A Treatise Concerning the Principles of Human Knowledge

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A Treatise Concerning the Principles of Human Knowledge (Commonly called "Treatise" when referring to Berkeley's works) is a 1710 work by the Irish Empiricist philosopher George Berkeley. This book largely seeks to refute the claims made by his contemporary John Locke about the nature of human perception. Whilst, like all the Empiricist philosophers, both Locke and Berkeley agreed that there was an outside world, and it was this world which caused the ideas one has within one's mind, Berkeley sought to prove that the outside world was also composed solely of ideas. Berkeley did this by suggesting that "Ideas can only resemble Ideas" - the mental ideas that we possessed could only resemble other ideas (not physical objects) and thus the external world consisted not of physical form, but rather of ideas. This world was given logic and regularity by some other force, which Berkeley concluded was God.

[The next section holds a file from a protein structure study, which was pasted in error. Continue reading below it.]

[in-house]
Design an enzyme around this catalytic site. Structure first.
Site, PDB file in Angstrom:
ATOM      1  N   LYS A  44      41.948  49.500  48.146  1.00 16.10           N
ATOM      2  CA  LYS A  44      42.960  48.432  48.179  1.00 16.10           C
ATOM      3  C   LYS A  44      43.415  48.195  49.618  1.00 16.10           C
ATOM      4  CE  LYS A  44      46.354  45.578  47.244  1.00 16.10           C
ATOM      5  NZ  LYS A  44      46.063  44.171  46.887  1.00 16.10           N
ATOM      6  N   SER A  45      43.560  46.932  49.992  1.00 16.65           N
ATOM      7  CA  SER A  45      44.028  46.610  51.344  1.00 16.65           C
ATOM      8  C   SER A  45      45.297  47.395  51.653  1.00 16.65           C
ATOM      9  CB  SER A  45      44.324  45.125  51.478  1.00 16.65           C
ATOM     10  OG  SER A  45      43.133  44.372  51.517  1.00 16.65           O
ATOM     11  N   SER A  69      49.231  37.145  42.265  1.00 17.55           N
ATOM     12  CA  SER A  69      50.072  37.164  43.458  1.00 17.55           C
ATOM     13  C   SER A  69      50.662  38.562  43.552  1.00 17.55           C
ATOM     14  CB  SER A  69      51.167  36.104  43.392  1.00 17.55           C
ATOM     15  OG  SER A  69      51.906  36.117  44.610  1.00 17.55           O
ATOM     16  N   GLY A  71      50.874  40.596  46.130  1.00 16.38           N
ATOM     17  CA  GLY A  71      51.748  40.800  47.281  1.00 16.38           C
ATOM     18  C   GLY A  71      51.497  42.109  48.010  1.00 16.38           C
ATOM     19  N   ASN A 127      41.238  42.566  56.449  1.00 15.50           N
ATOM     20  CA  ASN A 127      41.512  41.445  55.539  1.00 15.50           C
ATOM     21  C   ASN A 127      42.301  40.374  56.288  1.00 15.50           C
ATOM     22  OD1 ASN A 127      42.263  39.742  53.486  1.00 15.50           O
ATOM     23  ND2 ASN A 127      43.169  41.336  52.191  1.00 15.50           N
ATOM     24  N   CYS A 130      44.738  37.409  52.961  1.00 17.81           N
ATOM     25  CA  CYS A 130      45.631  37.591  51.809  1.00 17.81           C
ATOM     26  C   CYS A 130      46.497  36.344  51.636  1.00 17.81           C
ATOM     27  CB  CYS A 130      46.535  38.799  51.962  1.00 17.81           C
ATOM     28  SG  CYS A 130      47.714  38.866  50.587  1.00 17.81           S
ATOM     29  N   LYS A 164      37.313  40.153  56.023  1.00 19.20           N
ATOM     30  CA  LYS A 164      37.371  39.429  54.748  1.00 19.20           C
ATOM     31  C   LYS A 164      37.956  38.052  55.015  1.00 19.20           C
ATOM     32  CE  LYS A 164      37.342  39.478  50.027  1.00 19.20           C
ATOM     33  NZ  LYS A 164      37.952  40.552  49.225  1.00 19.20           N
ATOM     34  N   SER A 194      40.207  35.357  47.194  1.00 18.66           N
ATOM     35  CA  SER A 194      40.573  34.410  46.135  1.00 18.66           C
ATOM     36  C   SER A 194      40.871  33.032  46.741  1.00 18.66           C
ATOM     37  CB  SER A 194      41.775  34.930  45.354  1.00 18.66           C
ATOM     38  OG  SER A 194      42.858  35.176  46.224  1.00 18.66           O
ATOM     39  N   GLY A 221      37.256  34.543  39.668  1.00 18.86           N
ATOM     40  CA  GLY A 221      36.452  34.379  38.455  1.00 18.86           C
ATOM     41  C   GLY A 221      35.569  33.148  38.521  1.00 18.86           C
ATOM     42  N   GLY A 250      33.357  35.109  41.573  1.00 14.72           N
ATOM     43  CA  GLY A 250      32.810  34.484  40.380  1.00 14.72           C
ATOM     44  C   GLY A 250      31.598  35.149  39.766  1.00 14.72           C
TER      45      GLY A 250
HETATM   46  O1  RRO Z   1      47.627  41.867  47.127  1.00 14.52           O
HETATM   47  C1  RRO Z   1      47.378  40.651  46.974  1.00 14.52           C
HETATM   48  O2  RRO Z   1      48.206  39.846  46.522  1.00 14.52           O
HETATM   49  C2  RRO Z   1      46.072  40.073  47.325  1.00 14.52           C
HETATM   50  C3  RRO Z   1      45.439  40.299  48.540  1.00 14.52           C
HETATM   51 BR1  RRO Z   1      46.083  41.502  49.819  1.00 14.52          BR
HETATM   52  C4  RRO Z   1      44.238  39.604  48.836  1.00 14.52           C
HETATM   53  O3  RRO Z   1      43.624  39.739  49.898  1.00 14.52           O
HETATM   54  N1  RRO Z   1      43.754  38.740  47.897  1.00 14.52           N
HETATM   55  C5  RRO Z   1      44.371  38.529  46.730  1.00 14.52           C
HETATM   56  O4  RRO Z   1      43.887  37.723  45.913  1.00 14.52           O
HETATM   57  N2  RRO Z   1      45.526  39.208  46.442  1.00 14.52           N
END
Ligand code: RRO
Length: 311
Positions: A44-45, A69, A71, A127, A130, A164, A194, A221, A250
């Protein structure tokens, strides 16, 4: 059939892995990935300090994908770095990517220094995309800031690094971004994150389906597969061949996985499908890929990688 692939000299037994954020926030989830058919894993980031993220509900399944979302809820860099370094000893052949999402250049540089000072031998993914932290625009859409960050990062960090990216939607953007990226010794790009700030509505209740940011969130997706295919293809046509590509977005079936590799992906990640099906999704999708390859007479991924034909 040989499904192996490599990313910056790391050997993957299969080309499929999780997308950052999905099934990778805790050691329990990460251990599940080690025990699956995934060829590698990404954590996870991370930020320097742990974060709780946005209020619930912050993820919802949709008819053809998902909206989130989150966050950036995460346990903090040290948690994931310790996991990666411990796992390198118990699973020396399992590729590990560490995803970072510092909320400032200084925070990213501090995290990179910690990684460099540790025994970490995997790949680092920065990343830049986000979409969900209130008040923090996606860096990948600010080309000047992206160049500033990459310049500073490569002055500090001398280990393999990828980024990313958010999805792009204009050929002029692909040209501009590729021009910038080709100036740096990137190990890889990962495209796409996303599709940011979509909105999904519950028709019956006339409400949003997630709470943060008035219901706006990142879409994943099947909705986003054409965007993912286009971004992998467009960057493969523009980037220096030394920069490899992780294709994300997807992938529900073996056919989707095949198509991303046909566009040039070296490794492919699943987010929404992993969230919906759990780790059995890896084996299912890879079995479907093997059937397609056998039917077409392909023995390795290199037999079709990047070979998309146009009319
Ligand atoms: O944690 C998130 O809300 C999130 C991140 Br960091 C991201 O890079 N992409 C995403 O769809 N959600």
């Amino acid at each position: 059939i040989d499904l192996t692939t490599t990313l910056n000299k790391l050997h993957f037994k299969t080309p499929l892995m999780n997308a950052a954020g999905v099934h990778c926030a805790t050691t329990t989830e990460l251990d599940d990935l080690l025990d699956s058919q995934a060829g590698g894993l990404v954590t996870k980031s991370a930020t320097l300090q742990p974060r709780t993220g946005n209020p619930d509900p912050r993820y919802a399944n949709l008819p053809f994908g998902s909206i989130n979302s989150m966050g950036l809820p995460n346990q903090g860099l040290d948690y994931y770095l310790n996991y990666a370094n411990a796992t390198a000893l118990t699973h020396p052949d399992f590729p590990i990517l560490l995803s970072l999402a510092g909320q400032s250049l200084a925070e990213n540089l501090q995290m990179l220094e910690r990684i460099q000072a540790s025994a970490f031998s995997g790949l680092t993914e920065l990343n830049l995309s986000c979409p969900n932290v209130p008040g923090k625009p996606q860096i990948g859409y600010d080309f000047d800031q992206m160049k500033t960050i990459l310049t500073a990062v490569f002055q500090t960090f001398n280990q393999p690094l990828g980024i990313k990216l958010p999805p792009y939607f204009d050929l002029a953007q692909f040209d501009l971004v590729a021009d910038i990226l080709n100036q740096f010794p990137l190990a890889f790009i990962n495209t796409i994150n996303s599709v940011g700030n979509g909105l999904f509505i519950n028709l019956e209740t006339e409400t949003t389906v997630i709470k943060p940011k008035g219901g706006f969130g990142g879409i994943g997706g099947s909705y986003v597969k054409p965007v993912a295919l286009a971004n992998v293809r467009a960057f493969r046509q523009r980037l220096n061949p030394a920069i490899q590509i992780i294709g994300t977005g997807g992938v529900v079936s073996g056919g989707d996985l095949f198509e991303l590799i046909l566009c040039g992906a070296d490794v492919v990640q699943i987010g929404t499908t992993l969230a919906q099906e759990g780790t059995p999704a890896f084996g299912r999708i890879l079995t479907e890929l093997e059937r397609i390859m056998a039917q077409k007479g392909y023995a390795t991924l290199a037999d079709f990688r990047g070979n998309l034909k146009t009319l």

Part 2 of the Treatise was never written. (Wikipedia) (4 hr 10 min)


Front Matter/Preface 4:46 Read by Sue Anderson
Introduction 45:56 Read by Hassan
Sections 1 to 14 19:32 Read by Sue Anderson
Sections 15 to 29 16:40 Read by Ian Lynch
Sections 30 to 44 18:07 Read by TalkyMeat
Sections 45 to 59 20:51 Read by Sagan Victoria
Sections 60 to 70 14:33 Read by Geoffrey Edwards
Sections 71 to 84 15:29 Read by Geoffrey Edwards
Sections 85 to 99 14:55 Read by Alan Shaw
Sections 100 to 114 22:05 Read by Craig Campbell
Sections 115 to 129 23:00 Read by Heather Hogan
Sections 130 to 144 15:54 Read by Sibella Denton
Sections 145 to 156 18:30 Read by Carl Manchester